‘If You Don’t Impeach — I Don’t Get What This Is For’

‘If You Don’t Impeach — I Don’t Get What This Is For’


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Janet Ybarra
Former Washington Journalist
Contributor on The Bipartisan Press

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Despite House Speaker Nancy Pelosi in the past repeatedly taking impeachment off the table–most notably telling reporters at one point that Donald Trump just wasn’t “worth” impeachment–Democrats increasingly seem to think that the conclusions in the Mueller Report make Trump’s inauguration all but inevitable.

Up until now, Pelosi and some other Democrats have resisted talk of impeachment as a politically “no-win” situation. Although Democrats likely could approve articles of impeachment in the House, chances are that Republicans in the Senate would not vote to remove Trump from office.

Although that political calculus likely remains the same, the evidence presented in last week’s release of a redacted Mueller Report is overwhelming that Trump attempted to obstruct justice multiple times.

Democrats seem to think that evidence forces their hand and makes impeachment a nearly foregone conclusion.

“Now the public has this long report before it. And I think Mueller bet on the public. He bet on the faith of the public that they will read this report. They will look at it. They will look through these devastating details about what the president has done and the president has gotten away with a lot of stuff for the last two years from Charlottesville to taxes to trade and lying and all that,” said attorney Neal Katyal, who served as acting solicitor general during the Obama administration and helped draft the rules which guide the work of special counsels like Robert Mueller. “Here you have people, witnesses, including the president’s staunch allies like his White House counsel, Don McGahn implicating the president in the commission of crimes. It will be much harder for him to dismiss. I think there is only one course of action for the Congress to take ultimately, and it is going to be to impeach this president.”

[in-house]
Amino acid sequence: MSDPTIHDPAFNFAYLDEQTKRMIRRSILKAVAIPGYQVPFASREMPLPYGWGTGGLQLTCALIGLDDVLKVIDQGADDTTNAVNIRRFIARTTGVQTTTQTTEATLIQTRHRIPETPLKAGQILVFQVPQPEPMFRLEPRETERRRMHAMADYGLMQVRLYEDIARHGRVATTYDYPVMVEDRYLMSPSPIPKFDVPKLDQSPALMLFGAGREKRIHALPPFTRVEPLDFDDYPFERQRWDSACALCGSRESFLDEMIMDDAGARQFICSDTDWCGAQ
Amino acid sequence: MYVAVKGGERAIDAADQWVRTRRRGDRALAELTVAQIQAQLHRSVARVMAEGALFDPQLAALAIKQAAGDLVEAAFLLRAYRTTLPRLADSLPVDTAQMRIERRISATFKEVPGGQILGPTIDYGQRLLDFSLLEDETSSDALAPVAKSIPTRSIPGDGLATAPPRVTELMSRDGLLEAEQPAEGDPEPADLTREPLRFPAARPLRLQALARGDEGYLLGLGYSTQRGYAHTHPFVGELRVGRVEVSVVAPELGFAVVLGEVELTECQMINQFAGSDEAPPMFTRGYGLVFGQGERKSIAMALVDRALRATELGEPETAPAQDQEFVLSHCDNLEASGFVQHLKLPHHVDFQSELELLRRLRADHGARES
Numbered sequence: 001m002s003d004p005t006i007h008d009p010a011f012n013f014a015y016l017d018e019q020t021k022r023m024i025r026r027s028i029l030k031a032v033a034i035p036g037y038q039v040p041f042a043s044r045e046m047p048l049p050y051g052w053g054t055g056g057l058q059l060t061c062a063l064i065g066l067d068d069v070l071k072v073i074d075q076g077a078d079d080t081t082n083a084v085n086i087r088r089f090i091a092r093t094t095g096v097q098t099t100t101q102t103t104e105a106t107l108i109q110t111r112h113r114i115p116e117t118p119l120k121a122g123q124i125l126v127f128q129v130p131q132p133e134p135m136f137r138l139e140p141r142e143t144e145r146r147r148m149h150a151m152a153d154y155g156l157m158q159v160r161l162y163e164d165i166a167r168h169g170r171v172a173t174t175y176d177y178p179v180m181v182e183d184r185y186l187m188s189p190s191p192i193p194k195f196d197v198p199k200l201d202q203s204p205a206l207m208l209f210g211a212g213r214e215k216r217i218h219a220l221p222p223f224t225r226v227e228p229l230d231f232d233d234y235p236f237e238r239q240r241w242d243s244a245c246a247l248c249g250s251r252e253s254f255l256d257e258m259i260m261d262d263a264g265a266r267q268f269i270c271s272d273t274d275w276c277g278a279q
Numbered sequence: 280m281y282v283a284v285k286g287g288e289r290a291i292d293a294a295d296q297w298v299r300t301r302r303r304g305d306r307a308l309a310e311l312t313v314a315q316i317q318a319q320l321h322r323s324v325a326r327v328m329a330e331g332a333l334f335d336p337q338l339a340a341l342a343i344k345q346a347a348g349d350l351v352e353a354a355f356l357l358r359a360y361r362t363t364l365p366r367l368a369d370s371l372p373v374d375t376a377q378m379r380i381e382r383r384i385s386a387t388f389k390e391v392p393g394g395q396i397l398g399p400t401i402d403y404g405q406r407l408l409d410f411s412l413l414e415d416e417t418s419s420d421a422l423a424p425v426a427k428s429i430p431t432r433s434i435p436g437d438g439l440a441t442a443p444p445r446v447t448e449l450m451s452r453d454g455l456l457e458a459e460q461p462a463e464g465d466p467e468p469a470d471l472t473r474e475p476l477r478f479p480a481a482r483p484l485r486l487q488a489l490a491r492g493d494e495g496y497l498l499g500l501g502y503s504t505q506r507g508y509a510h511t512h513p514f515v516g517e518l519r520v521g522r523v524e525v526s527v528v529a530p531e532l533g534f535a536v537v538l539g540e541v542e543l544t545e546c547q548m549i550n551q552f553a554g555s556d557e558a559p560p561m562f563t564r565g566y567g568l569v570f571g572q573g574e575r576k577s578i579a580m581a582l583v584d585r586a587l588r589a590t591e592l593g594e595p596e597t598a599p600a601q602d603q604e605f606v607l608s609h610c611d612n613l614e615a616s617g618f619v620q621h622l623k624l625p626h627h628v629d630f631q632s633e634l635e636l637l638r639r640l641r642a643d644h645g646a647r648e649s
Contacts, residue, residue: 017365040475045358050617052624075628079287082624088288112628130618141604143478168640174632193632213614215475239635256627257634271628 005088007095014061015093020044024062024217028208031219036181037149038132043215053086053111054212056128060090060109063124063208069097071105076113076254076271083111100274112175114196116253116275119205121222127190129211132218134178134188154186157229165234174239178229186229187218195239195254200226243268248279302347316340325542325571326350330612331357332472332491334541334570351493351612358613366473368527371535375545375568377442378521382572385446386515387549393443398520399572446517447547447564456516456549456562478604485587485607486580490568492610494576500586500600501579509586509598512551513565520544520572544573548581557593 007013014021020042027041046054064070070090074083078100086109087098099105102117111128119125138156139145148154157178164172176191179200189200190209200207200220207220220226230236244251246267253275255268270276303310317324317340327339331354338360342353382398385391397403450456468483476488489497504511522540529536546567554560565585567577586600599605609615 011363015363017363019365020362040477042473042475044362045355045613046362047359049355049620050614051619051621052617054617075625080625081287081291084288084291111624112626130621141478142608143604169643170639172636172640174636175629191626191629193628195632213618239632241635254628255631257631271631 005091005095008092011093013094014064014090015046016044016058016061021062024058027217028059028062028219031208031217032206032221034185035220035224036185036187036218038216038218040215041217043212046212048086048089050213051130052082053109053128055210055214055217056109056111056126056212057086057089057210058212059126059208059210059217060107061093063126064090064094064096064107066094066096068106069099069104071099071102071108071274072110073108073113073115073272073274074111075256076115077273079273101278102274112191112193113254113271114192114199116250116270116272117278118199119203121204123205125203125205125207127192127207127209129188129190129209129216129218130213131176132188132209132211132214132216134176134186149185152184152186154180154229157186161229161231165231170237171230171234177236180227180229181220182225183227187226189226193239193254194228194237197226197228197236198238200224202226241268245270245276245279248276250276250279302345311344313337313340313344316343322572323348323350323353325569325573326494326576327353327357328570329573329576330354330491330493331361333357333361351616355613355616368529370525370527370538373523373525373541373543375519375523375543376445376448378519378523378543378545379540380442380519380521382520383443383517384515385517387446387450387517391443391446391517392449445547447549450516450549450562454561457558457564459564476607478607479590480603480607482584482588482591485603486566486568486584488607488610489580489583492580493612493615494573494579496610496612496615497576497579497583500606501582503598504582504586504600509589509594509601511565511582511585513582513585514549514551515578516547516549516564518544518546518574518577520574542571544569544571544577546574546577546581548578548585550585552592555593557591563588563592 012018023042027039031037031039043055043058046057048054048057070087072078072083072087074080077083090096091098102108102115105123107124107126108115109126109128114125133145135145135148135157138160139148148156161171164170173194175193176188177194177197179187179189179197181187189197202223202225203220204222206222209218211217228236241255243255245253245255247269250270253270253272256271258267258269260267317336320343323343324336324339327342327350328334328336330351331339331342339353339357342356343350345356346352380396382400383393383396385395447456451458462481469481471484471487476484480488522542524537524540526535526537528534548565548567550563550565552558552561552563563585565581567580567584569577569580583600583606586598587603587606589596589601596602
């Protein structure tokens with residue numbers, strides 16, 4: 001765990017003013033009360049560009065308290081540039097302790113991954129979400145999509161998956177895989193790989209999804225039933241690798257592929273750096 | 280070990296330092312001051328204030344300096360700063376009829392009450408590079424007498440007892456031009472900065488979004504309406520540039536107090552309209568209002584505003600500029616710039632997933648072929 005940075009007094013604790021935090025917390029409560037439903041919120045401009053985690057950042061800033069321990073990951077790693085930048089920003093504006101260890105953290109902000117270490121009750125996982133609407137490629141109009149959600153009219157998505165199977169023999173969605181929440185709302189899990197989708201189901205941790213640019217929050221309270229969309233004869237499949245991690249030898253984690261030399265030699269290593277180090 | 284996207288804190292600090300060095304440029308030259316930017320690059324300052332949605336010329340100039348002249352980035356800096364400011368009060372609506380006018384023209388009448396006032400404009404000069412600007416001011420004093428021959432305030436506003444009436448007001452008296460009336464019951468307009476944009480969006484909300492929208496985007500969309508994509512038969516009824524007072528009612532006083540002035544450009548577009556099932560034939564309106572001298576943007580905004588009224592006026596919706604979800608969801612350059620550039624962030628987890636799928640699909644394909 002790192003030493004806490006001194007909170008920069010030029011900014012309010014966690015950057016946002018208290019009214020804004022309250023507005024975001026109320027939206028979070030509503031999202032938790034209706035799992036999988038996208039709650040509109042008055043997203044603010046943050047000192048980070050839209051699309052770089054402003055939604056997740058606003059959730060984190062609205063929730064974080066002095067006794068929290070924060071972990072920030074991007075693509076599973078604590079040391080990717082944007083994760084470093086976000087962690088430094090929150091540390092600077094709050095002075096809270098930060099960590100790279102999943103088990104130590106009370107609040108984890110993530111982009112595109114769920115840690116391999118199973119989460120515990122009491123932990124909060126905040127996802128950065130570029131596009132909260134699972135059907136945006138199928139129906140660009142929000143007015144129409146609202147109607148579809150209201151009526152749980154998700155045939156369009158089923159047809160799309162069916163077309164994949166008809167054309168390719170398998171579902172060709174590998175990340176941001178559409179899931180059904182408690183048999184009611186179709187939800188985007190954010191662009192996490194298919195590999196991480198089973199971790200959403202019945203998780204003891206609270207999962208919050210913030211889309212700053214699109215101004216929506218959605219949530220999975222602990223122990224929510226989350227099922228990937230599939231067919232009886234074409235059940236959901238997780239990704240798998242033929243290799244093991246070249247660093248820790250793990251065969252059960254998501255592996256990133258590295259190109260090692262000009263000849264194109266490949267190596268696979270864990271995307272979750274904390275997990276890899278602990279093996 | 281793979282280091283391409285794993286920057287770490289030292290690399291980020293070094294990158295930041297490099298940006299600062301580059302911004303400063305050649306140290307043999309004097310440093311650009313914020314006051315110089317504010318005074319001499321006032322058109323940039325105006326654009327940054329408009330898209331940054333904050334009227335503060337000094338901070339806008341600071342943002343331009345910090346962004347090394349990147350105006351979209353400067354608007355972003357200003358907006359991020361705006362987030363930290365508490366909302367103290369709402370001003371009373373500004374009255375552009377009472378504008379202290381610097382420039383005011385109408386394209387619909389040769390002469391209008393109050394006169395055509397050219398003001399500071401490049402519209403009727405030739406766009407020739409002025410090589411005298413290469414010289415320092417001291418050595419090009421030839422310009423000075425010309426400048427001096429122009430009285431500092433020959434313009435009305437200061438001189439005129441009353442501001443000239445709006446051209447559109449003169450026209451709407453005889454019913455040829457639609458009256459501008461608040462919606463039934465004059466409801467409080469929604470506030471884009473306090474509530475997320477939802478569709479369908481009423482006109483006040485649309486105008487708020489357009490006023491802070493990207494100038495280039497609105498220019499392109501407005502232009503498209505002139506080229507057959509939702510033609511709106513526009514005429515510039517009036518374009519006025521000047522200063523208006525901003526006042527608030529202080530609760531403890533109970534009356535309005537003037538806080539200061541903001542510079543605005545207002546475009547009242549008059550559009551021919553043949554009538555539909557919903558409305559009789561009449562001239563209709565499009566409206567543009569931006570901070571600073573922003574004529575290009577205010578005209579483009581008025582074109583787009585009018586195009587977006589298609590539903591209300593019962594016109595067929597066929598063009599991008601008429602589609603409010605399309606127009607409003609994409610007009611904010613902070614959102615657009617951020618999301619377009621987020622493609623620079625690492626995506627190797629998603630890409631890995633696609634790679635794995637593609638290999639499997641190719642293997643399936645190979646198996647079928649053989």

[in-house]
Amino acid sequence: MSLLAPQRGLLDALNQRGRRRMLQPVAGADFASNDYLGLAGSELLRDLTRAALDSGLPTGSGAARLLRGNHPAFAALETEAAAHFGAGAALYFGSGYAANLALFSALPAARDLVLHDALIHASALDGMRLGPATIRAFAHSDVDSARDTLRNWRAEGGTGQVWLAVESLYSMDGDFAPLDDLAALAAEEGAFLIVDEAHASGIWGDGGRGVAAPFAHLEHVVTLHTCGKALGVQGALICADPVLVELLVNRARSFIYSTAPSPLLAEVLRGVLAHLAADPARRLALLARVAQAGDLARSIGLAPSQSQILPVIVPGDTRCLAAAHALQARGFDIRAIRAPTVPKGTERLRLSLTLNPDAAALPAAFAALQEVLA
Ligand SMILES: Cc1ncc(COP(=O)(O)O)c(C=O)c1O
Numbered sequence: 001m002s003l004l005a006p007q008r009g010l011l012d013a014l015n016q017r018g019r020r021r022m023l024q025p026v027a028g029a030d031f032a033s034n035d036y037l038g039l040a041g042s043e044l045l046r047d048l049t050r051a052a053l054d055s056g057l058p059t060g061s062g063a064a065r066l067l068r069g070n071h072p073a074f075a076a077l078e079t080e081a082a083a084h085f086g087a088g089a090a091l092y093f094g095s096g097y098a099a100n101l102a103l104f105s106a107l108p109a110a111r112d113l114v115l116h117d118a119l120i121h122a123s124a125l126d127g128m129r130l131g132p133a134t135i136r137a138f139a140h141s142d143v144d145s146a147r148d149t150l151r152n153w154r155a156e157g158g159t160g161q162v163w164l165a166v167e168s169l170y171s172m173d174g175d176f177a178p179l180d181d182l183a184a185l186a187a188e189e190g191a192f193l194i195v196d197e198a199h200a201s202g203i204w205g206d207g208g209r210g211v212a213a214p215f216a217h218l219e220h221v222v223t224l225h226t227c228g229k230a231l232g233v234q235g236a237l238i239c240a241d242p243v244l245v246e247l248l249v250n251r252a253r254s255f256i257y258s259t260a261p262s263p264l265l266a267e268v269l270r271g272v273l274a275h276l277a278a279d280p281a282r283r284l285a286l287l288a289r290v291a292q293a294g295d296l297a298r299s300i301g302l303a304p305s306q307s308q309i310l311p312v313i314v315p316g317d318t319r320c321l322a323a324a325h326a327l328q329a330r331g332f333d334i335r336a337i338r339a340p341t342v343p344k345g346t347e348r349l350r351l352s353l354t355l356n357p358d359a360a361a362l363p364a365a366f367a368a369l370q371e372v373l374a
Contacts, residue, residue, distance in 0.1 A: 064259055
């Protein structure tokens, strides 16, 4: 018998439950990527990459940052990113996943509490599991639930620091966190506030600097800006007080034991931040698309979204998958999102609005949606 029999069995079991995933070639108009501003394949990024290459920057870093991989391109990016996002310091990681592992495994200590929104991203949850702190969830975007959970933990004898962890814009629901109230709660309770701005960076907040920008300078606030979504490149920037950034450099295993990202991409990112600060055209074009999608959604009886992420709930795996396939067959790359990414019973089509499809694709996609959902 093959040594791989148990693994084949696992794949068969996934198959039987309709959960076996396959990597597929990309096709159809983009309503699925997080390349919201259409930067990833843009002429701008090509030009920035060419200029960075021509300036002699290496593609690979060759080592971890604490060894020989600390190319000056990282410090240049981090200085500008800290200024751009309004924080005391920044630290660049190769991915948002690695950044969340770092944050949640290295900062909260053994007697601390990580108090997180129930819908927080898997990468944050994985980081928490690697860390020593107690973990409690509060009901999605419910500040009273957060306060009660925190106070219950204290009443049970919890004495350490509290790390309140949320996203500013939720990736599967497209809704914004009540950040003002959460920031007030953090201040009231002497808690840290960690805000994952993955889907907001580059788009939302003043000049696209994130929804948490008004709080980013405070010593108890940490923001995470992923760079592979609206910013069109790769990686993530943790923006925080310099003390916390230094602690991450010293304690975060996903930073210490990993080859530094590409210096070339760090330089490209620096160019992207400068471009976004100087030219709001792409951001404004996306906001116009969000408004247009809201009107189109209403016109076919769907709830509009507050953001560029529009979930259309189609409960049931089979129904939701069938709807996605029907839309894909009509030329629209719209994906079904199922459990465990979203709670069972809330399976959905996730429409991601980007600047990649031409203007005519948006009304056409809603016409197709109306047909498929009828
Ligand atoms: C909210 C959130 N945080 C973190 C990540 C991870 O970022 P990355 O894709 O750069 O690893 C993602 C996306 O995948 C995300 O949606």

Rep. Maxine Waters (D-Calif.), chairwoman of the House Financial Services Committee, also seems ready to move forward with impeachment.

“The fact of the matter is, I think that when you look at this report, you can see that there is enough information there not only on obstruction of justice but also on collusion or conspiracy, whatever you want to call it, to move forward with impeachment on this president,” she said.

However, there is but one member of the House aside from Pelosi who carries more weight, and that is House Judiciary Committee Chairman Jerrold Nadler (D-NY), as impeachment necessarily would originate in his committee.

Asked about impeachment by a reporter, Nadler called it “one possibility.”

“There are others,” he added. “We obviously have to get to the bottom of what happened and take whatever action seems necessary at that time. It’s too early to reach those conclusions. It’s one reason we wanted the Mueller Report. We still want the Mueller Report in its entirety, and we want other evidence, too.”

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